Wild, Wild West

3 out of 10


Wild, Wild Waste

From the Director of "Men in Black" comes... ...exactly the same film! Same "plot" (or rather lack of it), same dialogue and mostly the same actors, this time though, in period costumes and set in the 1860`s.

The idea of a couple of James Bond characters set in the technology of the Industrial Revolution a century plus ago seems charming and attractive and the Director and production team have had to work overtime to give this film its overwhelmingly stale flavour of rancid sweat. Religiously, they’ve kept to the same old, threadbare plot, served up by James Bond for 30 years: rich man plans world domination with a technological wonder - it’s so predictable, you can guess the lines before the actor do. And without nuclear technology, the result is laughable - how could anyone threaten the USA with a single, albeit large, tank with a couple of powerful guns? One volley from a Yankee cannon battery and she’d be sent straight to the scrap yard.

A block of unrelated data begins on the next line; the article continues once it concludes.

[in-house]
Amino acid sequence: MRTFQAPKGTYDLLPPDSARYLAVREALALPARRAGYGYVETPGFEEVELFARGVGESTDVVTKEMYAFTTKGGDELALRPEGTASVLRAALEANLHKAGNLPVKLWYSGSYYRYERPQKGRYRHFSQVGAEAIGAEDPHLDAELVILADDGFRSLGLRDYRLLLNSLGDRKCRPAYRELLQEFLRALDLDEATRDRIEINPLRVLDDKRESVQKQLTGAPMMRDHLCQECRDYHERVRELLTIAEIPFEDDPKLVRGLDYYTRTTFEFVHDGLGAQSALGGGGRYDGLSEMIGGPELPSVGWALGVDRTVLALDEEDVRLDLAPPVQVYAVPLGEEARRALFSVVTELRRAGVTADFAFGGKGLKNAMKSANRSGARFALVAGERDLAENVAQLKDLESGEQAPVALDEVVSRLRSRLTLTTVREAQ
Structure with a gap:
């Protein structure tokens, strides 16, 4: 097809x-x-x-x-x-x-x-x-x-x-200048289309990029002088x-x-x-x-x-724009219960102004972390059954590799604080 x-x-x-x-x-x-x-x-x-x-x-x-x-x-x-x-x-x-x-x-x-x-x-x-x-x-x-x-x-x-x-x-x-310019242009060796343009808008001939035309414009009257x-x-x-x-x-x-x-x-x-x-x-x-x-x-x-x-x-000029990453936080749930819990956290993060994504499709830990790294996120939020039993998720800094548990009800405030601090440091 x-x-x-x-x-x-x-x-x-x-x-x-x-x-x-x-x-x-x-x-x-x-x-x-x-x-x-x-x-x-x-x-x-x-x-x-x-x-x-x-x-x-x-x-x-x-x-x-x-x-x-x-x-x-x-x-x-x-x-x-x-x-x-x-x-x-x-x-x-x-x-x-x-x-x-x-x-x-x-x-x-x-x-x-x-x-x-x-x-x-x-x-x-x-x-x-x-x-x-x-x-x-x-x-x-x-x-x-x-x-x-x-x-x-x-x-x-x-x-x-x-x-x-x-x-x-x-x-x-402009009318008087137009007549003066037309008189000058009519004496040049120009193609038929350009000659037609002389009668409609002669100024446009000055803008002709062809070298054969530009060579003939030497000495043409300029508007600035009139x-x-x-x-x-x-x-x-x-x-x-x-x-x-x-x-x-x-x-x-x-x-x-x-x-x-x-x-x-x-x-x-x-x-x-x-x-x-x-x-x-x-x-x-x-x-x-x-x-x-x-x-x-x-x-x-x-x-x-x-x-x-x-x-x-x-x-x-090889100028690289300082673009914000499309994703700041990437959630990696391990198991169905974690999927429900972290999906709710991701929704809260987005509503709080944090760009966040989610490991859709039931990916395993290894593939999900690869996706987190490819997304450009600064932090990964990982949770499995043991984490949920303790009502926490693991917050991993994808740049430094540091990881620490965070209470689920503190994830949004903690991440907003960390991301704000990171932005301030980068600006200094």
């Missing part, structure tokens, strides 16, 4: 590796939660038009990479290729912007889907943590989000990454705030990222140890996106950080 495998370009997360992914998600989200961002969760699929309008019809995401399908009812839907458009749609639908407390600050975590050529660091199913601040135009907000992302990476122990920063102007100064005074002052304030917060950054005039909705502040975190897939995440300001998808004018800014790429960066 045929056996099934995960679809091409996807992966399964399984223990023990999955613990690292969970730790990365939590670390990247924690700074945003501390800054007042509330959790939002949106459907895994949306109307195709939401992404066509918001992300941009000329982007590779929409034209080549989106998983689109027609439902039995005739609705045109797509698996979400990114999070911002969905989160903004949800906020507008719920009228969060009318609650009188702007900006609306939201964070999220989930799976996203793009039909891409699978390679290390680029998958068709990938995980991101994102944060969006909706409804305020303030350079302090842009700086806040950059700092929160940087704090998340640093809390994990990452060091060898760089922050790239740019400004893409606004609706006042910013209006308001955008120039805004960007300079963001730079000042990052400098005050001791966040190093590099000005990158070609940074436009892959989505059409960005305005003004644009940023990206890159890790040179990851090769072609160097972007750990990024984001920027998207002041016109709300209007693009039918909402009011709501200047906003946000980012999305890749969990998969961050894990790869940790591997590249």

At a more basic level, the morality is, at best, dubious. Whilst the villains, like Loveless, are all black-hating ex-Confederates, we’re supposed to be cheering and rolling about in our seats with laughter whenever the hero, Jim West, delivers another mouthful of insulting sarcasm at a crippled man in a wheelchair. The message is clear - racism is wrong, but the disabled deserve all the whipping you want to give them. Furthermore, the filmmakers remembered, apparently 5 minutes before shooting the film, that there ought to be at least one woman in the film - so there she is, looking like an autograph hunter who’s strayed onto the set by accident and about as useful and relevant to it with nothing whatsoever to add to the plot - however little there is.

Seen The Trailer? You’ve Seen The Film

Film Critic: Robert L Thompsett